Tom Limoncelli discusses creating resiliency at the most economic level, doing risky procedures often, and creating a blameless culture to encourage communication and improve system reliability.
Alex Holden examines hackers’ techniques, skills, and shortfalls. He takes a snapshot of the current threat landscape and derives practical lessons by analyzing a number of high profile breaches.
Giannakakis and Dalkitsis present how Shazam releases faster, more predictably and with more features by using BDD and automation testing, without slowing down or hindering the development process.
Neha Narkhede discusses how companies are using Apache Kafka and where it fits in the Big Data ecosystem.
Kolton Andrus presents how Netflix, in order to harden their systems, designed “Failure as a Service” to allow anyone to test and validate how their systems handle failure.
David Nolen explores how ClojureScript makes UI programming a tangible process by demonstrating live application building for the web and iOS.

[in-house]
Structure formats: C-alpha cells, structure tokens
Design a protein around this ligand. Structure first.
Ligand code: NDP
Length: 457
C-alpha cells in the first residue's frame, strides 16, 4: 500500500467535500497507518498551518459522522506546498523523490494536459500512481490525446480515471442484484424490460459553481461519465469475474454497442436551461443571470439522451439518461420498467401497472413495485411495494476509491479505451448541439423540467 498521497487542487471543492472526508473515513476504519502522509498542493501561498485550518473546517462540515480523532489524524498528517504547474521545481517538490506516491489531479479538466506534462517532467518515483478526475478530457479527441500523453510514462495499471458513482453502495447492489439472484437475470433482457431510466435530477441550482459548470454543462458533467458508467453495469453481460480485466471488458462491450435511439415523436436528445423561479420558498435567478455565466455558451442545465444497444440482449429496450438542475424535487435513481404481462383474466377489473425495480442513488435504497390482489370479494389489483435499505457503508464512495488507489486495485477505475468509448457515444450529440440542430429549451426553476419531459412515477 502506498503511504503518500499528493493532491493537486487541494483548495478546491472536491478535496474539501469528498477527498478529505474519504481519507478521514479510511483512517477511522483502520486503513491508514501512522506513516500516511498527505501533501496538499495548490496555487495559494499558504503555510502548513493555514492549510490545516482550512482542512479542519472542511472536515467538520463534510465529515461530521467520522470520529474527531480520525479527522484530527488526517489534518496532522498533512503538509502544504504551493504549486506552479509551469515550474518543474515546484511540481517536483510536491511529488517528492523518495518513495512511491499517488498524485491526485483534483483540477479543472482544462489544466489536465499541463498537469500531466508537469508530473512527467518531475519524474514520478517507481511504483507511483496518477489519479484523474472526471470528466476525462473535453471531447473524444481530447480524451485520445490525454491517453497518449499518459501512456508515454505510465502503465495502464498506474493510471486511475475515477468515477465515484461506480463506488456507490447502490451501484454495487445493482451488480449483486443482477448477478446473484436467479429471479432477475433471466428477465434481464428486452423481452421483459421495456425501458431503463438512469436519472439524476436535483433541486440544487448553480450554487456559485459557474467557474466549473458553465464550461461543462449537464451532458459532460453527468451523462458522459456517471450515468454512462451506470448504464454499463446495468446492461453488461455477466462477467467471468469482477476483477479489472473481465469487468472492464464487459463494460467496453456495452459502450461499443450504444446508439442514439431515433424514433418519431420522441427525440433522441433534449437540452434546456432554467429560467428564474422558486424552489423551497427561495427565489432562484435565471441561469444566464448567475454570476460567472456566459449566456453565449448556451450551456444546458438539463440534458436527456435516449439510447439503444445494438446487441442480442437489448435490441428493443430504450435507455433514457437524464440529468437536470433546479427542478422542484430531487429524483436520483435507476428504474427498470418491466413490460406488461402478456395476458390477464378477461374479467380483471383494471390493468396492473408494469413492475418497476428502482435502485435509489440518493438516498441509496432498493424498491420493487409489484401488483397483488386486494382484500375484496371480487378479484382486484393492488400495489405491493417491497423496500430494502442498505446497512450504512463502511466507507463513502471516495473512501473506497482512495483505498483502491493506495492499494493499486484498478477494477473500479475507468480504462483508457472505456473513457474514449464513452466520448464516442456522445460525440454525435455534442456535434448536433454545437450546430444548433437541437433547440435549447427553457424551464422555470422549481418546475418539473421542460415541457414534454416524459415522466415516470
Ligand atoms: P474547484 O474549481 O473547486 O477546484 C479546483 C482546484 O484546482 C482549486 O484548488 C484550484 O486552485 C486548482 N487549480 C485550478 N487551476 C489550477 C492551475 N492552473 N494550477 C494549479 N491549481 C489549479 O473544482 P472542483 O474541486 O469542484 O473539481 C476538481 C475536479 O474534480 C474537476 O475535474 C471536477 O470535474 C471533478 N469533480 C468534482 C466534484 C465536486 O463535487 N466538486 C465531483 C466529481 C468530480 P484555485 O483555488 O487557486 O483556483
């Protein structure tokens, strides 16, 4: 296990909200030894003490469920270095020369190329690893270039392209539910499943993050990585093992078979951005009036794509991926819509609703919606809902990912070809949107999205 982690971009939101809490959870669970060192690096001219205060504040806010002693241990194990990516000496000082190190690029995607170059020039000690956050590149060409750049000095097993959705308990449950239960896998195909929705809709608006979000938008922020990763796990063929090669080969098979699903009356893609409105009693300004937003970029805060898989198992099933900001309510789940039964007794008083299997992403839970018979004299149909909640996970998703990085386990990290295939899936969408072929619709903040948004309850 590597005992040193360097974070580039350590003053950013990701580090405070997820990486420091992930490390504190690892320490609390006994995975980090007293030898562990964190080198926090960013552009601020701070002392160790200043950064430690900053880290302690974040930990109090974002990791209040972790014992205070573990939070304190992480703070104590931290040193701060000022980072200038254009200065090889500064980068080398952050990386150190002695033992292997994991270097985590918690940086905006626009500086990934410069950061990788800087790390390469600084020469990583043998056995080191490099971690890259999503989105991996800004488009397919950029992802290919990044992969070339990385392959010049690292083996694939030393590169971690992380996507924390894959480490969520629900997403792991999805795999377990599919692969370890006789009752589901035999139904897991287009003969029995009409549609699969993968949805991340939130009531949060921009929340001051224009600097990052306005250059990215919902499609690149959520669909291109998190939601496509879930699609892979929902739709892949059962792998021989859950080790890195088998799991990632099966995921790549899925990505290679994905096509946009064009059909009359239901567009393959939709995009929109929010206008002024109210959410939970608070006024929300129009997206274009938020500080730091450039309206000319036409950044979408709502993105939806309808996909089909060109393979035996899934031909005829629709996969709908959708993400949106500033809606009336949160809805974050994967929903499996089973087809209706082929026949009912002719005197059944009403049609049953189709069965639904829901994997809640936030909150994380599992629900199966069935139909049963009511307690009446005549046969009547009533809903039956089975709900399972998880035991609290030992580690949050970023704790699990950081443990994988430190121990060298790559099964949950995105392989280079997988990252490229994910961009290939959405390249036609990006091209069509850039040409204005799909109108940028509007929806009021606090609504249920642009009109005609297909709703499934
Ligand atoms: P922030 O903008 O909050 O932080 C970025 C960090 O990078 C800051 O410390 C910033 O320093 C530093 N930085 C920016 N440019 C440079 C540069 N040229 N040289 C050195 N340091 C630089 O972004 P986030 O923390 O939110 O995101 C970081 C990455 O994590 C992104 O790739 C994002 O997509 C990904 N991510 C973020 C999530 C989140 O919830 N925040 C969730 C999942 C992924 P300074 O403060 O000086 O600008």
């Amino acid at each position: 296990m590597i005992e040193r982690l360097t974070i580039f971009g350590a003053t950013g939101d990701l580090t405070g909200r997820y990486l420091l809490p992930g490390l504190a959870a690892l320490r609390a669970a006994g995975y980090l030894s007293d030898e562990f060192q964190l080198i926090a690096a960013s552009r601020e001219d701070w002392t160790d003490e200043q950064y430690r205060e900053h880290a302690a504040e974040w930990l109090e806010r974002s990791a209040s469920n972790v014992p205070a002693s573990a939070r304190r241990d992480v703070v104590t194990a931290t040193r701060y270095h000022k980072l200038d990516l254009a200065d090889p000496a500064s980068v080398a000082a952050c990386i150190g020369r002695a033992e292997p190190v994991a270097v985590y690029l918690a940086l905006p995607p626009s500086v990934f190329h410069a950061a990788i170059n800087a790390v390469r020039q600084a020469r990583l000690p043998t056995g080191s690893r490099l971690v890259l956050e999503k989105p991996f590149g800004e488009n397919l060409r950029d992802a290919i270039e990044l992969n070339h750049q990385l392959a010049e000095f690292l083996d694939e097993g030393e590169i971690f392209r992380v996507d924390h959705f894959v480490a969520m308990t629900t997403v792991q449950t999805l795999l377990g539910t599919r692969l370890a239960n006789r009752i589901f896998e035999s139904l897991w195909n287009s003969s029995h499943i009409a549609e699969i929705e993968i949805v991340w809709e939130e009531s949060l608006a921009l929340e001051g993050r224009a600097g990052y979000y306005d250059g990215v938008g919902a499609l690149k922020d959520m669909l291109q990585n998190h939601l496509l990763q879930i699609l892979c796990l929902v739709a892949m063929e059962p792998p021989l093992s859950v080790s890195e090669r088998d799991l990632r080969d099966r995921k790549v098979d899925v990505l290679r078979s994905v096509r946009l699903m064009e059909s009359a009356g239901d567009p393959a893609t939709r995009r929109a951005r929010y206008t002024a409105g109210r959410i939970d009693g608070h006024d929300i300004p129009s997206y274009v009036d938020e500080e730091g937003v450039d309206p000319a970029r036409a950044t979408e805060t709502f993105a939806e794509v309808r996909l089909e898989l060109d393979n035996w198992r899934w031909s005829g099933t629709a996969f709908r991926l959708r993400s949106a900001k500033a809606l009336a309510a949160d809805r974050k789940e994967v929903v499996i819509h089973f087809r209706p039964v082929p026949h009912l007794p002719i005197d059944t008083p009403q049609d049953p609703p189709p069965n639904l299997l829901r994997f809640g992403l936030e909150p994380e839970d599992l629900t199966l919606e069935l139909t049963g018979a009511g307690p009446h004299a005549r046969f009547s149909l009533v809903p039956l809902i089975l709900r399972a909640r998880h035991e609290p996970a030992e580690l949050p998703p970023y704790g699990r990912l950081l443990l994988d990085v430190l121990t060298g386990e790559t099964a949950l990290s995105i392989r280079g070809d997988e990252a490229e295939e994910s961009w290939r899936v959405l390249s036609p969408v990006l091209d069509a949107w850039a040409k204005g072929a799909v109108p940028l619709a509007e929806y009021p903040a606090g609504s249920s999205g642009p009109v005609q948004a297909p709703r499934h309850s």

Big Design Upfront was considered so evil in the early days of Agile that it acquired its own acronym. It’s time we relearned that great products start with asking the right questions.
Matt Zimmer discusses architectural patterns -service decomposition, stateless application tiers, and polyglot persistence- and migration strategies used by Netflix.
Chris Richardson describes how to implement business logic using a domain model that is based on event sourcing. He compares and contrasts a hybrid OO/FP design with a purely functional approach.
Vaclav Petricek discusses how to train models, architect and build a scalable system powered by Storm, Hadoop, Spark, Spring Boot and Vowpal Wabbit that meets SLAs measured in tens of milliseconds.
Mandy Waite shows how to get started with Firebase before walking through a live demo of building a multi-user, collaborative mobile app that provides real-time updates to its users.